Says Bhoje: "The high fuel burn-up will further reduce the fast breeder reactor's operational cost. While nuclear power would cost Rs 3.40 in 2010, the thermal power per unit will be Rs 4." Adds Chetal: "The minor and major design innovations would result in cost savings of around Rs 300 crore."
However any benefit of the economical design can be actualised only if there are capable vendors. And for the IGCAR scientists, vendor development was a major challenge as the demand of big reactors is different and the components should have high-tolerance levels.
Perforce they had to wear the vendor shoes to find out solutions as each rupee saved decides the project's economic viability (See: 'Medium-sized but efficient' ). As the heat level inside the reactor vessel will be more than 550 degree Celsius, the IGCAR scientists decided to look out for a different grade of high-radiation-resistant stainless steel.
Says Dr S L Mannan, associate director, materials development group: "To fabricate the 12.9m diameter reactor vessel (FBTR's size is 3m) with minimum welded joints, the stainless steel plate should be of 30mm thick and 2-3 metre wide and 8-10 metre long. But Indian steel mills do not normally roll out metal sheets of that size."
The problem was solved by sourcing the stainless sheets from Steel Authority of India's Durgapur unit and getting the rolling and finishing works done at the Rourkela plant. "The total steel that would be required for the PFBR project will be around 4, 000 tonnes," he says.
Similarly efforts were taken to successfully localise sodium suppliers as IGCAR has the capability to purify locally purchased sodium to the reactor grade. With other things tied down, the current focus is to reduce the construction time so that the payback period is improved and the overall project cost is cut. The next challenge for the IGCAR scientists is the reprocessing of the spent fuel at Kalpakkam, thereby closing the nuclear fuel cycle.
A proud Bhoje says IGCAR's plans and processes relating to PFBR were studied by French and Russian consultancy agencies, which have already given the green signal. "I am sure we are on the right track," he sums up.
PFBR in a nutshell
|Electric Output ||500 mw|
|Core height ||1000 mm|
|Core Diametre ||1900 mm|
|Fuel ||Plutonium-Uranium Mixed Oxide|
|Pins per fuel subassembly ||217|
|Fuel pin outer diameter ||6.6 mm|
|Reactor life ||40 years|
|Control rod material ||Boron Carbide|
|Sodium Inventory ||1100 ton|
|Containment Building ||RCC Rectangular|
Medium-sized but efficient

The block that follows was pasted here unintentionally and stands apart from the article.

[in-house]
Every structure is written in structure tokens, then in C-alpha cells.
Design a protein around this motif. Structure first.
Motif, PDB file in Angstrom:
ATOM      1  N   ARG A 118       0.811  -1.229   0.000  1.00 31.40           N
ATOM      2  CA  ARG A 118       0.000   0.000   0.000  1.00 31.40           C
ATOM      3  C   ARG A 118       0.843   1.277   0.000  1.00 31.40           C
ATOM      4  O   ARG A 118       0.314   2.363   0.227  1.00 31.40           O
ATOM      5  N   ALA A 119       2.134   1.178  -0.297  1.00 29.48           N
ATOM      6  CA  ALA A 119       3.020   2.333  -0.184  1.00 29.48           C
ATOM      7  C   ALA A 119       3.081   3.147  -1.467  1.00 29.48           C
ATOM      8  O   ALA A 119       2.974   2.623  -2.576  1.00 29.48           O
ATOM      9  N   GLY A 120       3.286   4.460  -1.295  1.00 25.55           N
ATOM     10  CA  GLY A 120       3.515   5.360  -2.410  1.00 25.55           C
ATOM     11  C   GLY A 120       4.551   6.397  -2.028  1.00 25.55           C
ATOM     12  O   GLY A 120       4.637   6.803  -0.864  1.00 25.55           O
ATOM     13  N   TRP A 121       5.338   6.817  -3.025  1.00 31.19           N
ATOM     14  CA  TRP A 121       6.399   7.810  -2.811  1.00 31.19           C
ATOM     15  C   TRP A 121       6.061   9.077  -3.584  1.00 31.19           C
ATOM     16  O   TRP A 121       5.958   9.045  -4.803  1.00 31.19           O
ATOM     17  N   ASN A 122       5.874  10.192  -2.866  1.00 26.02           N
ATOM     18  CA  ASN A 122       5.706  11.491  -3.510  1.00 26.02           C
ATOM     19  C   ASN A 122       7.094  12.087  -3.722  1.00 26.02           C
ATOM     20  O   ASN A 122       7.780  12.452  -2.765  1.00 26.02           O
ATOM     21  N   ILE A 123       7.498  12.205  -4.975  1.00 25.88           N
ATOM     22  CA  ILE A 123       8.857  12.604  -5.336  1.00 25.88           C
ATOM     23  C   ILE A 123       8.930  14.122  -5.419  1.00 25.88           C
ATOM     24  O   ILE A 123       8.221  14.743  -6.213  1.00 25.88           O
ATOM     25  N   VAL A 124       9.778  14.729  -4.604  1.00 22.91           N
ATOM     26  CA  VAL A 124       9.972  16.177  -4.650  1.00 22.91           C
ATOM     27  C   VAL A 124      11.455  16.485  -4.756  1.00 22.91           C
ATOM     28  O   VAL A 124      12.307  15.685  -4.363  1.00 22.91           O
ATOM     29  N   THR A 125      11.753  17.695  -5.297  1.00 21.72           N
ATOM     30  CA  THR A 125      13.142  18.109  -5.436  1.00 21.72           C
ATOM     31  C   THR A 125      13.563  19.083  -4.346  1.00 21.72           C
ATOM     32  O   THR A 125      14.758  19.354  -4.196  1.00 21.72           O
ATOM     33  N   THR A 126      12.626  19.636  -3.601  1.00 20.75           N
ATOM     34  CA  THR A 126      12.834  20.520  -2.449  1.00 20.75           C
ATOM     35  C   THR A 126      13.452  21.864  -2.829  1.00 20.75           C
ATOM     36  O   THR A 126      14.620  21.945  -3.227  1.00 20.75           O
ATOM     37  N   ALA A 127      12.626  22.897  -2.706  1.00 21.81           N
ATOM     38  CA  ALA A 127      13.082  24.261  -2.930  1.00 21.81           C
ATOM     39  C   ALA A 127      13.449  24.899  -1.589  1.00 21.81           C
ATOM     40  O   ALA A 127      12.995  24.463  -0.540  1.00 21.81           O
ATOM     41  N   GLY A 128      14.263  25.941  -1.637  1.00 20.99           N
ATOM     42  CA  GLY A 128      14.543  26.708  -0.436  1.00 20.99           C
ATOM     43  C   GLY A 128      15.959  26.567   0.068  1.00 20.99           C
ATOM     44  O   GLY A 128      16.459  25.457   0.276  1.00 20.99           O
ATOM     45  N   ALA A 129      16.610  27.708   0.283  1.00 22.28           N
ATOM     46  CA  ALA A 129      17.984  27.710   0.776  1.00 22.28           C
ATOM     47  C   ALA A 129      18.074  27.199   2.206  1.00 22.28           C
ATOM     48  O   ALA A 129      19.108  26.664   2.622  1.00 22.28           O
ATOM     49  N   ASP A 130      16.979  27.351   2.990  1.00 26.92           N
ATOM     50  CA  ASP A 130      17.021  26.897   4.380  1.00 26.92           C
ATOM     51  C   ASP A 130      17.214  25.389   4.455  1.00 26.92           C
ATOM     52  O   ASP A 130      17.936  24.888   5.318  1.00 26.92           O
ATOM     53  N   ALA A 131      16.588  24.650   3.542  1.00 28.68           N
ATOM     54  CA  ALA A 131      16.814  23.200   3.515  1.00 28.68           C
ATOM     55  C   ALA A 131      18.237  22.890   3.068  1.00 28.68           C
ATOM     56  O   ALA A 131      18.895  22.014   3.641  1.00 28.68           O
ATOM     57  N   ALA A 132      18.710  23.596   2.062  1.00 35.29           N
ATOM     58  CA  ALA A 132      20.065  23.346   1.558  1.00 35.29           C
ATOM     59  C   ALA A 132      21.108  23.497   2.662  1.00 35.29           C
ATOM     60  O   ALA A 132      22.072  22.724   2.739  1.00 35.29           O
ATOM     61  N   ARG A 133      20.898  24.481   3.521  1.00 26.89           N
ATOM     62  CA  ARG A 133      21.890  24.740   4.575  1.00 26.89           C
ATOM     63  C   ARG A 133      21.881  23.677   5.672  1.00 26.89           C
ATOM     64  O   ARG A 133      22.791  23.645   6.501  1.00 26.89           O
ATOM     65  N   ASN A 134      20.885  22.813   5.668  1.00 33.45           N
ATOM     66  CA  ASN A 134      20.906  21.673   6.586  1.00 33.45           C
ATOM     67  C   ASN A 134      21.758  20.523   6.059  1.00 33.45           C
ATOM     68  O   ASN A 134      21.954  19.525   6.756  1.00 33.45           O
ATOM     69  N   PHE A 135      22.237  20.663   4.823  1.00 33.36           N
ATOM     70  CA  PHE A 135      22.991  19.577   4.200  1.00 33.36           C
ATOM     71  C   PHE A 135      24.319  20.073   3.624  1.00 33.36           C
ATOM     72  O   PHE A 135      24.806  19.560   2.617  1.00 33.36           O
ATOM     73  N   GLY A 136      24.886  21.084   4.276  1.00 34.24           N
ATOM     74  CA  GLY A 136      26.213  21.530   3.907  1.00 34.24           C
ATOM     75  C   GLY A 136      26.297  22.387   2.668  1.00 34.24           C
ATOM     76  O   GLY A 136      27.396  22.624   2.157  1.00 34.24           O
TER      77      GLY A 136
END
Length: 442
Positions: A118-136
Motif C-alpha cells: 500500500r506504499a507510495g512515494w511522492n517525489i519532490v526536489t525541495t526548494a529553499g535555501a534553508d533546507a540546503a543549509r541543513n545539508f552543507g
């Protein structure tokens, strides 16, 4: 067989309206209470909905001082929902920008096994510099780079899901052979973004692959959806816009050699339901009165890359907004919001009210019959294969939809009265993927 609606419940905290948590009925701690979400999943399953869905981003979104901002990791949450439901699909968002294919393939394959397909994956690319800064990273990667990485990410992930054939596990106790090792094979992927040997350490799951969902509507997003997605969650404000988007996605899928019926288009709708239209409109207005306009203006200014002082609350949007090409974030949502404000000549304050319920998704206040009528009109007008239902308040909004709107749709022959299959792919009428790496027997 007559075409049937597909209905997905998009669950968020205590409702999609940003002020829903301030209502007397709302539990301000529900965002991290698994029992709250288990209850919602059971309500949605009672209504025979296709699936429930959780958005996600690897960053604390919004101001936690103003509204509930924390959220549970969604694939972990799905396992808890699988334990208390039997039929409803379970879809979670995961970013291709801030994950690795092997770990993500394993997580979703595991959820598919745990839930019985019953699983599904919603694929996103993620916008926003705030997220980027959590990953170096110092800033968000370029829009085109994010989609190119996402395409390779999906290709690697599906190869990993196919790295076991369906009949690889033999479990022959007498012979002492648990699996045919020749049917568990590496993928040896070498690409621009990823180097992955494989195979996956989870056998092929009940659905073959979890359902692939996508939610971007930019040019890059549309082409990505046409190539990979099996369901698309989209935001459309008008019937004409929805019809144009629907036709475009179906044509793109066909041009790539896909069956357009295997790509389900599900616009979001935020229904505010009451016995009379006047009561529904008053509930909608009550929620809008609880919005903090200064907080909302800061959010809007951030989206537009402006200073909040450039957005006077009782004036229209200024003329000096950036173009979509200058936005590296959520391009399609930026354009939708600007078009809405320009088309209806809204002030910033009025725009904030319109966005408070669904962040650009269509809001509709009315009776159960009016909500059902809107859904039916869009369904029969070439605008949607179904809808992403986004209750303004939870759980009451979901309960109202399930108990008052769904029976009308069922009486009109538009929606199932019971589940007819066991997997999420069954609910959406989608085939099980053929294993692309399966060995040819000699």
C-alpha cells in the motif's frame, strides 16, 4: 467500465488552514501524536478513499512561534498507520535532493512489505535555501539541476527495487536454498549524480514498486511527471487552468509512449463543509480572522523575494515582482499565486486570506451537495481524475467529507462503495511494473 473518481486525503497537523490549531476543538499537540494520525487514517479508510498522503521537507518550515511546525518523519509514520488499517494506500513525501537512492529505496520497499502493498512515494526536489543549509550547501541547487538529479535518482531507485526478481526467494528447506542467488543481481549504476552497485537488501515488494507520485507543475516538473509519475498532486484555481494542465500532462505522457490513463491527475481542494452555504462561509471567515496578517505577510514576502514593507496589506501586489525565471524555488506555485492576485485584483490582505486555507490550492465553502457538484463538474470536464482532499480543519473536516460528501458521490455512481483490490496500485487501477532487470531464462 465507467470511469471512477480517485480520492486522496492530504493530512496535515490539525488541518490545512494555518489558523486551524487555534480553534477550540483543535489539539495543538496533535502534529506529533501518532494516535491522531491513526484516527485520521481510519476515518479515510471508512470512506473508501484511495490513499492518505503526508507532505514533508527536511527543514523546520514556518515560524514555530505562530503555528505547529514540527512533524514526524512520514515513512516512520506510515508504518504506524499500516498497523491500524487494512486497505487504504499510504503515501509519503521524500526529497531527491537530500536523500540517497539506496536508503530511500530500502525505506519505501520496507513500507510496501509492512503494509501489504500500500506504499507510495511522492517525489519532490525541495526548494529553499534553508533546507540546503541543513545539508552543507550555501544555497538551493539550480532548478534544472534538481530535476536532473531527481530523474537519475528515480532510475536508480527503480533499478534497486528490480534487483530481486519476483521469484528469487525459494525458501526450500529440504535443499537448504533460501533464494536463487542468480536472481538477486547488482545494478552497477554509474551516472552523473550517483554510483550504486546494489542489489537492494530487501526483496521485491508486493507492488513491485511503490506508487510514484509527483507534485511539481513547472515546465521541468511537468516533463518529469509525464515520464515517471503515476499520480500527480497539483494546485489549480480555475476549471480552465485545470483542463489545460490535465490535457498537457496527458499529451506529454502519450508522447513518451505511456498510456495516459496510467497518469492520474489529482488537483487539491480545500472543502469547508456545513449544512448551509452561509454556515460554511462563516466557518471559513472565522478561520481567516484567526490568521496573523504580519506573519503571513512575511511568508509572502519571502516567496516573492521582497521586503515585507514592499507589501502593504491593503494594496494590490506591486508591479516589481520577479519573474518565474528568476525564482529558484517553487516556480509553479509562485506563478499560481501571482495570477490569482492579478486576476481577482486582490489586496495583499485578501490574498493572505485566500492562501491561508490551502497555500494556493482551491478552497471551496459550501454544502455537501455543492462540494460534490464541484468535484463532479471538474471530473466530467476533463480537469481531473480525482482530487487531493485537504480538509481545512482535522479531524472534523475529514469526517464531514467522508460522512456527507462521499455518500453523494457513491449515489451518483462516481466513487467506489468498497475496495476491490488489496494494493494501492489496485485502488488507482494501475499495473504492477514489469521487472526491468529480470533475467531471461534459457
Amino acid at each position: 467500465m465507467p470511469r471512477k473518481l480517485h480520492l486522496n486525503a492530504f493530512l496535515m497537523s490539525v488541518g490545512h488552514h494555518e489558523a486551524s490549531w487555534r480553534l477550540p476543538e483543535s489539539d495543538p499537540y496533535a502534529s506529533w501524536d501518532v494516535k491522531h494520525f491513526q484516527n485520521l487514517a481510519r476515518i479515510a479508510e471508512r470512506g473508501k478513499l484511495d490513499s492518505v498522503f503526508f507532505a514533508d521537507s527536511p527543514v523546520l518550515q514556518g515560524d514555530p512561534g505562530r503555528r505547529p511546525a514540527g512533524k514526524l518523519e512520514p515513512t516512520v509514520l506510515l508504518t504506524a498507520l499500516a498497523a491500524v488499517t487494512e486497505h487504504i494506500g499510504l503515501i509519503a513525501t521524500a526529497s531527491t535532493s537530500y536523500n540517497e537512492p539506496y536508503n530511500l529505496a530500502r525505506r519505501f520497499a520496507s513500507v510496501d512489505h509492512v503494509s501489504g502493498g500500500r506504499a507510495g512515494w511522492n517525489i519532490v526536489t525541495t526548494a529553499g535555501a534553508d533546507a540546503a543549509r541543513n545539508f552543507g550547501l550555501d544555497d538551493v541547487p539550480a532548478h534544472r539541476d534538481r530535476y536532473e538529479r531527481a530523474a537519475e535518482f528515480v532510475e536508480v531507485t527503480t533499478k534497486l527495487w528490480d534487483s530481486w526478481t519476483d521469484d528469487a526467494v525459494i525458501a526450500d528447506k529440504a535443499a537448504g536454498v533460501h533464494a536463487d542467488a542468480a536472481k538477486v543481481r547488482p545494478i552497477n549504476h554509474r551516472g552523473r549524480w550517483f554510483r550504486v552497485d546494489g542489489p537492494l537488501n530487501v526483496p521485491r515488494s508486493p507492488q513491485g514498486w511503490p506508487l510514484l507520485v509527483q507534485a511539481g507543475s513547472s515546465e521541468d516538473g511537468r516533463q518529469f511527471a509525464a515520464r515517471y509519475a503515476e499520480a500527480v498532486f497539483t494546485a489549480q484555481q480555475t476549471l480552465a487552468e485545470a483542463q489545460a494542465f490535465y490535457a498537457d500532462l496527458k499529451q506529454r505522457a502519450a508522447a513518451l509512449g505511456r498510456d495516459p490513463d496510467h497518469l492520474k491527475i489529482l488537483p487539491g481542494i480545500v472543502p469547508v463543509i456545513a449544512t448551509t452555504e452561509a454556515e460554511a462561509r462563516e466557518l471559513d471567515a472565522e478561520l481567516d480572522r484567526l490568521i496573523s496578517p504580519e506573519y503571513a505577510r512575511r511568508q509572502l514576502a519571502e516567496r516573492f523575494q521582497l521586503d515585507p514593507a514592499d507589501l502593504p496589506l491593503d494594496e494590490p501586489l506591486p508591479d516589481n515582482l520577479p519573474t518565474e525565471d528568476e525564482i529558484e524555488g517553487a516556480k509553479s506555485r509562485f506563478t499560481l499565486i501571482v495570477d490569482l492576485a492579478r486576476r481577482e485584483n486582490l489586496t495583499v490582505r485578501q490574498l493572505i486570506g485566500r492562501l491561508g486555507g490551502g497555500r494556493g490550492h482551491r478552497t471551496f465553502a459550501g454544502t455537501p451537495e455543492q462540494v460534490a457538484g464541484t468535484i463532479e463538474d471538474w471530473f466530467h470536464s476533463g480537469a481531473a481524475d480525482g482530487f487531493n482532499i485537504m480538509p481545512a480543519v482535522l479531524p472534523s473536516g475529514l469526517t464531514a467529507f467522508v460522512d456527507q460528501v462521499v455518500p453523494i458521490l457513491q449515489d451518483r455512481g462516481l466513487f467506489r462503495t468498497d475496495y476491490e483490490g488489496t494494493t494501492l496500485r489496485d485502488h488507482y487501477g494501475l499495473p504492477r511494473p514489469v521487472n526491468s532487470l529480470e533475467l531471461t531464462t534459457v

The fabrication ability and expertise of domestic engineering industries was the one aspect that decided PFBR's capacity. At a time when other countries are building fast reactors of a bigger size (600mw-plus) India's PFBR's capacity is 500mw.
Says Bhoje: "When PFBR was conceived in 1982, the biggest turbine in India then was the coal-fired 500mw one. We decided to stick to that size as the domestic component manufacturers like BHEL [Bharat Heavy Electricals] and others were conversant with that. Nevertheless, as per our design the unit energy cost of a 500mw reactor is comparable with that of other power-generation technologies."
Adds Chetal: "The other reason is to commercialise our design faster without losing more time. This will be the standard size for few more units to come. Later we may go for 1,000mw plants."
As per initial estimates the total project cost is put at Rs 2,800 crore and if one takes into account the escalations, the project should not exceed Rs 3, 400 crore. The 10th Plan has allocated Rs 1,800 crore for the PFBR project. The payback period is eight years at Rs 3.40 per unit, including three paise for decommissioning the plant after 40 years.
Though officials expect the PFBR plant to clock a plant load factor (PLF) on par with pressurised heavy water reactors (PHWR, more than 80 per cent), officially PLF is estimated at 62.8 per cent - much lower than the standard 68 per cent - as it is the first of its kind in India.
PFBR's success and the subsequent building of fast breeder reactors would make IGCAR one of the richest R&D organisation in India. According to Bhoje, IGCAR will charge all other fast breeder reactors a royalty of the three paise per unit generated.
also see : Why three-stage
nuclear power programme